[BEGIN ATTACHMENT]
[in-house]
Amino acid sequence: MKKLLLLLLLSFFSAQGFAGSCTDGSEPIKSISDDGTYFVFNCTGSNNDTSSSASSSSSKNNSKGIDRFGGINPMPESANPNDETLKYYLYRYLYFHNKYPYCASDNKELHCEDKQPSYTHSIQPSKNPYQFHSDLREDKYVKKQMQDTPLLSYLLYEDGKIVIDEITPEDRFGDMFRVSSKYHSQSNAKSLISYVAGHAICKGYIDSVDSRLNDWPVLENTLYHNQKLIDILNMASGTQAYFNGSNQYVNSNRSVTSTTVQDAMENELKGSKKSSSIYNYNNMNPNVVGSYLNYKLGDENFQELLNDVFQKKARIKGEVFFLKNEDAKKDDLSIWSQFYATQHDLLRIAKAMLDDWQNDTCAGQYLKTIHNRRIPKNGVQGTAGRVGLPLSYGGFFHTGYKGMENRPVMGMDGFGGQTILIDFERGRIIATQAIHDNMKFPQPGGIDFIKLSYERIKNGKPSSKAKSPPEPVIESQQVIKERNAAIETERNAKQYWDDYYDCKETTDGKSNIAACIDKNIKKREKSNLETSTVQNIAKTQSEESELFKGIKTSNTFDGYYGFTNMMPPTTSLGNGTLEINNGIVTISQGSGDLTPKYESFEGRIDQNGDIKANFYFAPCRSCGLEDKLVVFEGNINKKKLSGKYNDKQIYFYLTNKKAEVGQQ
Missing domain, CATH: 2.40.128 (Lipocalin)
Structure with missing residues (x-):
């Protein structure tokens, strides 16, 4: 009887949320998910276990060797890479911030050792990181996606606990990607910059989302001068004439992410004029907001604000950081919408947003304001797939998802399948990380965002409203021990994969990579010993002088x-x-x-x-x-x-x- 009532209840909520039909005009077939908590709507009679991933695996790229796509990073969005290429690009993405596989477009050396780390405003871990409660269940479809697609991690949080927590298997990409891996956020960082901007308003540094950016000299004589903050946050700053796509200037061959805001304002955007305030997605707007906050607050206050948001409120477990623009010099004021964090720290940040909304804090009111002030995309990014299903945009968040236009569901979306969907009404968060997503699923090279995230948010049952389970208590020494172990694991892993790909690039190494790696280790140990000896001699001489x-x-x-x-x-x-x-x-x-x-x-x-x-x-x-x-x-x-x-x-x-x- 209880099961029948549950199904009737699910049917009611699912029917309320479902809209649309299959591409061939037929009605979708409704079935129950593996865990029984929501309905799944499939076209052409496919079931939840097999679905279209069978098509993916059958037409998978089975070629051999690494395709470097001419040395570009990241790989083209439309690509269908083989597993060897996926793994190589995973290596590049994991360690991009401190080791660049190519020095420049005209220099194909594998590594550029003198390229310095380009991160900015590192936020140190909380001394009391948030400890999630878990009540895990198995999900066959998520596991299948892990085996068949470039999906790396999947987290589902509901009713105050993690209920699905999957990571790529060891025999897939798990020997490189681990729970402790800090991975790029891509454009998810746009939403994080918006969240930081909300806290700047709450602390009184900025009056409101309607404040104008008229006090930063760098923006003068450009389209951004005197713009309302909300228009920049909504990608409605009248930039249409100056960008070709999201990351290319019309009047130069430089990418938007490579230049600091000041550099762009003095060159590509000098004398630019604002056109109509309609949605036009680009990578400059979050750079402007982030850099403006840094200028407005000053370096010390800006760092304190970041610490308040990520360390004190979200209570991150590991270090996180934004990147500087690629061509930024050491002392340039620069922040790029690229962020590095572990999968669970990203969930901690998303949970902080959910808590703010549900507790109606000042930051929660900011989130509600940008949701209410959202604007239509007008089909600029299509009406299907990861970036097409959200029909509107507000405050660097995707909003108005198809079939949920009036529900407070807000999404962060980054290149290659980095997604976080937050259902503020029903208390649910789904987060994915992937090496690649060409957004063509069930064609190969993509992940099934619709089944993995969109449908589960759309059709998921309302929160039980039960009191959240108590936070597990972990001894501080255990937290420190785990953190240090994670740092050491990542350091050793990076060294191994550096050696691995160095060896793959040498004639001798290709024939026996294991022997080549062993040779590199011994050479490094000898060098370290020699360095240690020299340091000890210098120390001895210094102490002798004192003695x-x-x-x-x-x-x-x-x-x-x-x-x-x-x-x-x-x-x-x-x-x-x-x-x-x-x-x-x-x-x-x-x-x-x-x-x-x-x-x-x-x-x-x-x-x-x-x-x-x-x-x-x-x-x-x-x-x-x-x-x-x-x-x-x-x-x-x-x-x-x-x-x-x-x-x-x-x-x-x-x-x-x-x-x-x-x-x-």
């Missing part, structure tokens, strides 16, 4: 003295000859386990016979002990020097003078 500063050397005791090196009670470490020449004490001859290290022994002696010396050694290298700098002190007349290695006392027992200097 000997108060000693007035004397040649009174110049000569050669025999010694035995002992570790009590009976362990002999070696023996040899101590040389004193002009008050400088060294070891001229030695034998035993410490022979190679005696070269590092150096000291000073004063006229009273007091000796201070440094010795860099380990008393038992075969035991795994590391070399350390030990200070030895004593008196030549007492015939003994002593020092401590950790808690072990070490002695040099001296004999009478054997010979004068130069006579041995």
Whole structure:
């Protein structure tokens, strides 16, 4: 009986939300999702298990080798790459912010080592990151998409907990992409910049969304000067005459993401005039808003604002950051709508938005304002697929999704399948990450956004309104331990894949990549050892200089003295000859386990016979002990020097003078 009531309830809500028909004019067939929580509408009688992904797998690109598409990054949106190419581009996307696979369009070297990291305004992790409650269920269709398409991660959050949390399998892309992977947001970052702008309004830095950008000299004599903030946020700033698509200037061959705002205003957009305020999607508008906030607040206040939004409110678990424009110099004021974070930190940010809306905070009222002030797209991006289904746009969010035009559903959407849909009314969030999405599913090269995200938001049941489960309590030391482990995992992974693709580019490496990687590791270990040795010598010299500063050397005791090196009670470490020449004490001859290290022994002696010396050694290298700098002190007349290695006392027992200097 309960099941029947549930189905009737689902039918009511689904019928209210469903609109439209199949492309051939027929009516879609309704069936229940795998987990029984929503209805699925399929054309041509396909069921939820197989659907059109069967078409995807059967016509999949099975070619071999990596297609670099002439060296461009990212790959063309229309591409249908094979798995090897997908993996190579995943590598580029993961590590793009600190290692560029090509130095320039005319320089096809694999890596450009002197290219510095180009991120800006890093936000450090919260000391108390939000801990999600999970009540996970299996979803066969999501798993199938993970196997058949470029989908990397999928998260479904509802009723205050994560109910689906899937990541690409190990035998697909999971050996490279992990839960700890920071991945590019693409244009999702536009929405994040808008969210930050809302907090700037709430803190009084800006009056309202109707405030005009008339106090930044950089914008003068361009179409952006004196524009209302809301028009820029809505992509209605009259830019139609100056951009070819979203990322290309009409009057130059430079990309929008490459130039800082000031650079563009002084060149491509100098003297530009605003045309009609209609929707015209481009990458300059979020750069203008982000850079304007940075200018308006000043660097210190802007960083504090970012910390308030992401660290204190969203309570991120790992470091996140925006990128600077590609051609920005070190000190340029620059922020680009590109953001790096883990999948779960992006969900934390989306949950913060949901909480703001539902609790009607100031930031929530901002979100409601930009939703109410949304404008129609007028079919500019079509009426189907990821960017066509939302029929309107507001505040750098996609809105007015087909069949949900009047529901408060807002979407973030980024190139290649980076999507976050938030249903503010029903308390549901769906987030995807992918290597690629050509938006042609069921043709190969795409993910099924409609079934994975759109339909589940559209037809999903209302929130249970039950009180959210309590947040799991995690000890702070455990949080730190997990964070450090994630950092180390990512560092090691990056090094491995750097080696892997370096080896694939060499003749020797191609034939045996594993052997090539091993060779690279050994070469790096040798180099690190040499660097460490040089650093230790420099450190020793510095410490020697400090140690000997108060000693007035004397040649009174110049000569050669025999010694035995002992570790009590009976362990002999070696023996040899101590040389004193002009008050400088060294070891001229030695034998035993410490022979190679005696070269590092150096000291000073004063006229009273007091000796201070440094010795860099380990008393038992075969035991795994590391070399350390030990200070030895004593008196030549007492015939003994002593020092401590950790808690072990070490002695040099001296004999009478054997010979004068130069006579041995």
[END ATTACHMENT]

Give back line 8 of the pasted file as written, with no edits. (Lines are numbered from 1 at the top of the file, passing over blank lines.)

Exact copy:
């Protein structure tokens, strides 16, 4: 009986939300999702298990080798790459912010080592990151998409907990992409910049969304000067005459993401005039808003604002950051709508938005304002697929999704399948990450956004309104331990894949990549050892200089003295000859386990016979002990020097003078 009531309830809500028909004019067939929580509408009688992904797998690109598409990054949106190419581009996307696979369009070297990291305004992790409650269920269709398409991660959050949390399998892309992977947001970052702008309004830095950008000299004599903030946020700033698509200037061959705002205003957009305020999607508008906030607040206040939004409110678990424009110099004021974070930190940010809306905070009222002030797209991006289904746009969010035009559903959407849909009314969030999405599913090269995200938001049941489960309590030391482990995992992974693709580019490496990687590791270990040795010598010299500063050397005791090196009670470490020449004490001859290290022994002696010396050694290298700098002190007349290695006392027992200097 309960099941029947549930189905009737689902039918009511689904019928209210469903609109439209199949492309051939027929009516879609309704069936229940795998987990029984929503209805699925399929054309041509396909069921939820197989659907059109069967078409995807059967016509999949099975070619071999990596297609670099002439060296461009990212790959063309229309591409249908094979798995090897997908993996190579995943590598580029993961590590793009600190290692560029090509130095320039005319320089096809694999890596450009002197290219510095180009991120800006890093936000450090919260000391108390939000801990999600999970009540996970299996979803066969999501798993199938993970196997058949470029989908990397999928998260479904509802009723205050994560109910689906899937990541690409190990035998697909999971050996490279992990839960700890920071991945590019693409244009999702536009929405994040808008969210930050809302907090700037709430803190009084800006009056309202109707405030005009008339106090930044950089914008003068361009179409952006004196524009209302809301028009820029809505992509209605009259830019139609100056951009070819979203990322290309009409009057130059430079990309929008490459130039800082000031650079563009002084060149491509100098003297530009605003045309009609209609929707015209481009990458300059979020750069203008982000850079304007940075200018308006000043660097210190802007960083504090970012910390308030992401660290204190969203309570991120790992470091996140925006990128600077590609051609920005070190000190340029620059922020680009590109953001790096883990999948779960992006969900934390989306949950913060949901909480703001539902609790009607100031930031929530901002979100409601930009939703109410949304404008129609007028079919500019079509009426189907990821960017066509939302029929309107507001505040750098996609809105007015087909069949949900009047529901408060807002979407973030980024190139290649980076999507976050938030249903503010029903308390549901769906987030995807992918290597690629050509938006042609069921043709190969795409993910099924409609079934994975759109339909589940559209037809999903209302929130249970039950009180959210309590947040799991995690000890702070455990949080730190997990964070450090994630950092180390990512560092090691990056090094491995750097080696892997370096080896694939060499003749020797191609034939045996594993052997090539091993060779690279050994070469790096040798180099690190040499660097460490040089650093230790420099450190020793510095410490020697400090140690000997108060000693007035004397040649009174110049000569050669025999010694035995002992570790009590009976362990002999070696023996040899101590040389004193002009008050400088060294070891001229030695034998035993410490022979190679005696070269590092150096000291000073004063006229009273007091000796201070440094010795860099380990008393038992075969035991795994590391070399350390030990200070030895004593008196030549007492015939003994002593020092401590950790808690072990070490002695040099001296004999009478054997010979004068130069006579041995």